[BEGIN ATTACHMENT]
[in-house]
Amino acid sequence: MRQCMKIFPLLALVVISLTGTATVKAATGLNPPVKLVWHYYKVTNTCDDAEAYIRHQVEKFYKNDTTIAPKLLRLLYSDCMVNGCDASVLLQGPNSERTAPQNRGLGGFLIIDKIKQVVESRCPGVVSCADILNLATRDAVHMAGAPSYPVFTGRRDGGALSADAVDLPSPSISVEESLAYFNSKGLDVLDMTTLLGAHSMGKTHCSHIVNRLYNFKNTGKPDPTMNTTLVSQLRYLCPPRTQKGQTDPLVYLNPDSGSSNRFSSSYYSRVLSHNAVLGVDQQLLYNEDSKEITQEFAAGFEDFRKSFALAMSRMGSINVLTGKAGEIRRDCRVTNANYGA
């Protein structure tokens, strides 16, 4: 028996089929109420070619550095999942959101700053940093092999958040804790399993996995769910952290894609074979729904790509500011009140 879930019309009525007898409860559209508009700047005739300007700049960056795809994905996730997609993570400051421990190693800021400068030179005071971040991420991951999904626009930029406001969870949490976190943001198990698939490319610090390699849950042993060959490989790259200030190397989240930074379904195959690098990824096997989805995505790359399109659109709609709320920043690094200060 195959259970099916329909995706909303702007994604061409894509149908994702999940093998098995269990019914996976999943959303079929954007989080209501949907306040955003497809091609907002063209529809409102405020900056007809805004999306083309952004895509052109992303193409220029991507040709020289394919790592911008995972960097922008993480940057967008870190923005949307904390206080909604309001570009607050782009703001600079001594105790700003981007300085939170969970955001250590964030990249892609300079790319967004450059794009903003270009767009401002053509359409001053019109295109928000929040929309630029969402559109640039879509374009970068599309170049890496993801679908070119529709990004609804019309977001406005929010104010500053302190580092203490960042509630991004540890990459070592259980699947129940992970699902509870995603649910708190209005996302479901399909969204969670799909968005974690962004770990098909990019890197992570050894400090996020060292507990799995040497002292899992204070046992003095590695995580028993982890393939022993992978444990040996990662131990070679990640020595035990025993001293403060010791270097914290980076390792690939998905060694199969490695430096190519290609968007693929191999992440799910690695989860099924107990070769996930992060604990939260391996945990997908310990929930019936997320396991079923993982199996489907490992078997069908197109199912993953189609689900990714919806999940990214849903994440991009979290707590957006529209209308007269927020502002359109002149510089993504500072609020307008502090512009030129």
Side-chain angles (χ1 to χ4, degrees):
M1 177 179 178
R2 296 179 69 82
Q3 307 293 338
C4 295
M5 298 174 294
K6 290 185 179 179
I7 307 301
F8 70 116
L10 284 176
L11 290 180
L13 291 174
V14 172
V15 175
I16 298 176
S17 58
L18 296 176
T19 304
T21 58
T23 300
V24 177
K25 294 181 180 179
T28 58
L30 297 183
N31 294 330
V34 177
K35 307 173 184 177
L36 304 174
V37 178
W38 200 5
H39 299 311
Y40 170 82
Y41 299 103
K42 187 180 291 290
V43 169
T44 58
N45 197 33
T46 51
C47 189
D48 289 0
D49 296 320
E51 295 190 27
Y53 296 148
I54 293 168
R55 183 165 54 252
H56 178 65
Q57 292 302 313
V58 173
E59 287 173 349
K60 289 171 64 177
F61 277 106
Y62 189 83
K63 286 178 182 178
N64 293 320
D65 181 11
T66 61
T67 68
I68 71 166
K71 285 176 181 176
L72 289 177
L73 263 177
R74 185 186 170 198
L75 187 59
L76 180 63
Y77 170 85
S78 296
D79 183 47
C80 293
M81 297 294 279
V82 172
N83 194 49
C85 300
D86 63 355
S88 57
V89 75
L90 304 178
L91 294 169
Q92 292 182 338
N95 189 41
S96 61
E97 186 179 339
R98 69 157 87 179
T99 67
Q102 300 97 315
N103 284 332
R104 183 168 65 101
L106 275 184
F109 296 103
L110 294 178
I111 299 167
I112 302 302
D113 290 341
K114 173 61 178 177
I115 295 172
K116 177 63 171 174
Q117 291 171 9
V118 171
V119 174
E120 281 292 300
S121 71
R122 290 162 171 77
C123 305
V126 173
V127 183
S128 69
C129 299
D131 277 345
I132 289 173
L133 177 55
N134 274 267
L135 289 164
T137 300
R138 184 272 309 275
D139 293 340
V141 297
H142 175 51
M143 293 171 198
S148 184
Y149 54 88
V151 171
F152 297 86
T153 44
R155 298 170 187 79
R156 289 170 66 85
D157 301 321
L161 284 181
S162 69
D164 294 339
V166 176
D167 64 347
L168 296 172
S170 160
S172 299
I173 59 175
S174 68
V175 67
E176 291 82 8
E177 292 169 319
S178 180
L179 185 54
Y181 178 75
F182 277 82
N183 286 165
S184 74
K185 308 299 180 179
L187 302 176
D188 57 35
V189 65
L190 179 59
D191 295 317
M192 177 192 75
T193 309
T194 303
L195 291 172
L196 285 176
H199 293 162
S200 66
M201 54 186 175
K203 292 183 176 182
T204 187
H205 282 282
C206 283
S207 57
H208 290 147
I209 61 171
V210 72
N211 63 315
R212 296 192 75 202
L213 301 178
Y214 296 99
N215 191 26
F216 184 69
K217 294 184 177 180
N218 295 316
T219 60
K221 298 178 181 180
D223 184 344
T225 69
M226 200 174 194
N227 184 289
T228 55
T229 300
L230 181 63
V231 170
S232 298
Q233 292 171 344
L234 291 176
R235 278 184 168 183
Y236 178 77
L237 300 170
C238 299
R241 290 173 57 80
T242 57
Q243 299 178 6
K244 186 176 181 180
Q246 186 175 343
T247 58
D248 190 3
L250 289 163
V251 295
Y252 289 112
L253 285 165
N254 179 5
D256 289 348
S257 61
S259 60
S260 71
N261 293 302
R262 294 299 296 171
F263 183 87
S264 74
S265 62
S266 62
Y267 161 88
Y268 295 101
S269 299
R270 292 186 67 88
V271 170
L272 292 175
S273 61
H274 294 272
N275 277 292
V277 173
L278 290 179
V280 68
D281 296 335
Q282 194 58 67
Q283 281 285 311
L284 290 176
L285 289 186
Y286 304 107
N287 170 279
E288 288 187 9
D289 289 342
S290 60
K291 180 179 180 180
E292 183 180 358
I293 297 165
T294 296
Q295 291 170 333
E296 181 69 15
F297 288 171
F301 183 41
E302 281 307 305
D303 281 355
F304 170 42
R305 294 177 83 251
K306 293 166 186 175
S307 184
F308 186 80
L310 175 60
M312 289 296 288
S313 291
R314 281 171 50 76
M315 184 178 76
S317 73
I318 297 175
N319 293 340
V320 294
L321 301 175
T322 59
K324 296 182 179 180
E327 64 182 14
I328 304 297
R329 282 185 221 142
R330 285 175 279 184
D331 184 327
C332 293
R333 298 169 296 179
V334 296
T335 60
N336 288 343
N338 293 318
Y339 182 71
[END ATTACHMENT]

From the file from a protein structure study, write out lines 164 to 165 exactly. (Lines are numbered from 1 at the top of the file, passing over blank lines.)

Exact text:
H205 282 282
C206 283